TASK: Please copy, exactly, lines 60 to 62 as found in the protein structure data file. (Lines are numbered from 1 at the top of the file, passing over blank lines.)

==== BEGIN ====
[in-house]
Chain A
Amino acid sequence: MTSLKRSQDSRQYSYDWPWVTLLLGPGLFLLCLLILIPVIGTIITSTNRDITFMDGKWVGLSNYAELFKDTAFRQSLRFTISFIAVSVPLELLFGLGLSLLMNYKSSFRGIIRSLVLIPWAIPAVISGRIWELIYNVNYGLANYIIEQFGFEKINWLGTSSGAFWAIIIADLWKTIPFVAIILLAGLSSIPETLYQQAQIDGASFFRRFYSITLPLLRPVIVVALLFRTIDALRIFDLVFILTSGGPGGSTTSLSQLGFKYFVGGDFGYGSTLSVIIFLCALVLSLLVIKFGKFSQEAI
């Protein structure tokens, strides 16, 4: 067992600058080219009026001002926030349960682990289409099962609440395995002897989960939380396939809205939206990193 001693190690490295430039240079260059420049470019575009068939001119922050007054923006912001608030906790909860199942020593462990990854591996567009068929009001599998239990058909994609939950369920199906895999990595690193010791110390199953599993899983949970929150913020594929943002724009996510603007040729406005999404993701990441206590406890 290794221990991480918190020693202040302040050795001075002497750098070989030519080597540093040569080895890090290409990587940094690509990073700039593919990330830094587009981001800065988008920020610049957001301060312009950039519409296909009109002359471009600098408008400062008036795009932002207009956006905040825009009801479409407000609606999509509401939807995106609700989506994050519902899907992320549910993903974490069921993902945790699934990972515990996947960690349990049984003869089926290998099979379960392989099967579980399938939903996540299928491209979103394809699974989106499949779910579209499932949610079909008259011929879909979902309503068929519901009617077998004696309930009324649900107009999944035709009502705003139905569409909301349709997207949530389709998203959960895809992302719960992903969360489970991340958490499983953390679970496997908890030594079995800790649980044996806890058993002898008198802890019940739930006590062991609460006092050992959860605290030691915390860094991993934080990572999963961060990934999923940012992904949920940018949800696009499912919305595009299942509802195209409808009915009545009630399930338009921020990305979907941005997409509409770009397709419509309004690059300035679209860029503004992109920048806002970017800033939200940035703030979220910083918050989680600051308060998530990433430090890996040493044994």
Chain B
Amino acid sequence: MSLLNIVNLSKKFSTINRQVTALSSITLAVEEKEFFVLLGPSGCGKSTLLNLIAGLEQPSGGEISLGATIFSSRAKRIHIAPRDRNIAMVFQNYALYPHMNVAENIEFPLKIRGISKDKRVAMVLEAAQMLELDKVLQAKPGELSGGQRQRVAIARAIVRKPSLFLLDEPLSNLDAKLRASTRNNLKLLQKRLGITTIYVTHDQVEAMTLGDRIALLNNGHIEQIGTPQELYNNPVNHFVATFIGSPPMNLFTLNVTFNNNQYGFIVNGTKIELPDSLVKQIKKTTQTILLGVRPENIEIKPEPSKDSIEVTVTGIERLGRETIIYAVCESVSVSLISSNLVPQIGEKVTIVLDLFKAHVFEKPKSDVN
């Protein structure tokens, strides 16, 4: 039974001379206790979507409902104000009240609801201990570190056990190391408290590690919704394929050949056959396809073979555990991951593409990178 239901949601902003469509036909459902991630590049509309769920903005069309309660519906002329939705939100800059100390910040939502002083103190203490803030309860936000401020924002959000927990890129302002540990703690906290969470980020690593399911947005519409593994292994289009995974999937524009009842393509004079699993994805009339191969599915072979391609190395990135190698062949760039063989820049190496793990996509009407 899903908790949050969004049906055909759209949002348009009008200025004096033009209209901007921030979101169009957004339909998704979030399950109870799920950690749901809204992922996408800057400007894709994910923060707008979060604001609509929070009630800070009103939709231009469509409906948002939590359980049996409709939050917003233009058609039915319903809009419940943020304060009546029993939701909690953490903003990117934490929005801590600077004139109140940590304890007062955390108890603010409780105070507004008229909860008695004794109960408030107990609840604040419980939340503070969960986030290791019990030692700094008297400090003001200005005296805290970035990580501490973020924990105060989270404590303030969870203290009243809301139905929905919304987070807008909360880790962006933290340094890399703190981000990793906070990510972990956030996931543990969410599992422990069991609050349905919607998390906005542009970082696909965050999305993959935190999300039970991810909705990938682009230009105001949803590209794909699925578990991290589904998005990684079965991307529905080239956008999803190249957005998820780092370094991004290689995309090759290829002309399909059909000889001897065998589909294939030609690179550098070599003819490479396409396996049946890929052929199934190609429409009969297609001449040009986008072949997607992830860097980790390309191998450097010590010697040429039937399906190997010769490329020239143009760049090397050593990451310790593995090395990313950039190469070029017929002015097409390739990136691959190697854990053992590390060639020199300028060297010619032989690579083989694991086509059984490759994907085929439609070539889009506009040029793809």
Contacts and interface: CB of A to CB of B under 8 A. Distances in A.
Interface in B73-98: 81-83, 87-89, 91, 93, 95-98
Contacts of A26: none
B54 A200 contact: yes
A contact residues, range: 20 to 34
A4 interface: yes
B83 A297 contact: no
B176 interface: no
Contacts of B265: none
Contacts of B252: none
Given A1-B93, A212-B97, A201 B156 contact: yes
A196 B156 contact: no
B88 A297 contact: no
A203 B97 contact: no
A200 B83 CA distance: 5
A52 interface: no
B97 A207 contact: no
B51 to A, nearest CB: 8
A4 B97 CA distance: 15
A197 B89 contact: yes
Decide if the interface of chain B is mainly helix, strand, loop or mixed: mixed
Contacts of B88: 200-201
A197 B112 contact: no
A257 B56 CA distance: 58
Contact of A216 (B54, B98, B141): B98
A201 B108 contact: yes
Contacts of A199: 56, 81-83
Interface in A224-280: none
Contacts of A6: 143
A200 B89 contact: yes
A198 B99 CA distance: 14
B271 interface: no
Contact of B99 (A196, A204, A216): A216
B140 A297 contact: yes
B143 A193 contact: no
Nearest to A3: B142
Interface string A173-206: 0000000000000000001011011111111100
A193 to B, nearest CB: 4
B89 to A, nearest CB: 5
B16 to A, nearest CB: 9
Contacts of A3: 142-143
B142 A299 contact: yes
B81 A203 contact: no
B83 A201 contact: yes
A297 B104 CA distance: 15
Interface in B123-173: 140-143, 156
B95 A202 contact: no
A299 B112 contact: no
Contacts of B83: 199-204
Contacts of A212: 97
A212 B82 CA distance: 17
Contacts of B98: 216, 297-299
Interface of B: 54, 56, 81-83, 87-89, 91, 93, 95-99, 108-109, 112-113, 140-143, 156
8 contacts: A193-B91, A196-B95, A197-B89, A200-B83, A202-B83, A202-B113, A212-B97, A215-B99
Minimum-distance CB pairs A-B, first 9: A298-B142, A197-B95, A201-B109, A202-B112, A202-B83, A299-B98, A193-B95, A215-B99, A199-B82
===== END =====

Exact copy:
Interface of B: 54, 56, 81-83, 87-89, 91, 93, 95-99, 108-109, 112-113, 140-143, 156
8 contacts: A193-B91, A196-B95, A197-B89, A200-B83, A202-B83, A202-B113, A212-B97, A215-B99
Minimum-distance CB pairs A-B, first 9: A298-B142, A197-B95, A201-B109, A202-B112, A202-B83, A299-B98, A193-B95, A215-B99, A199-B82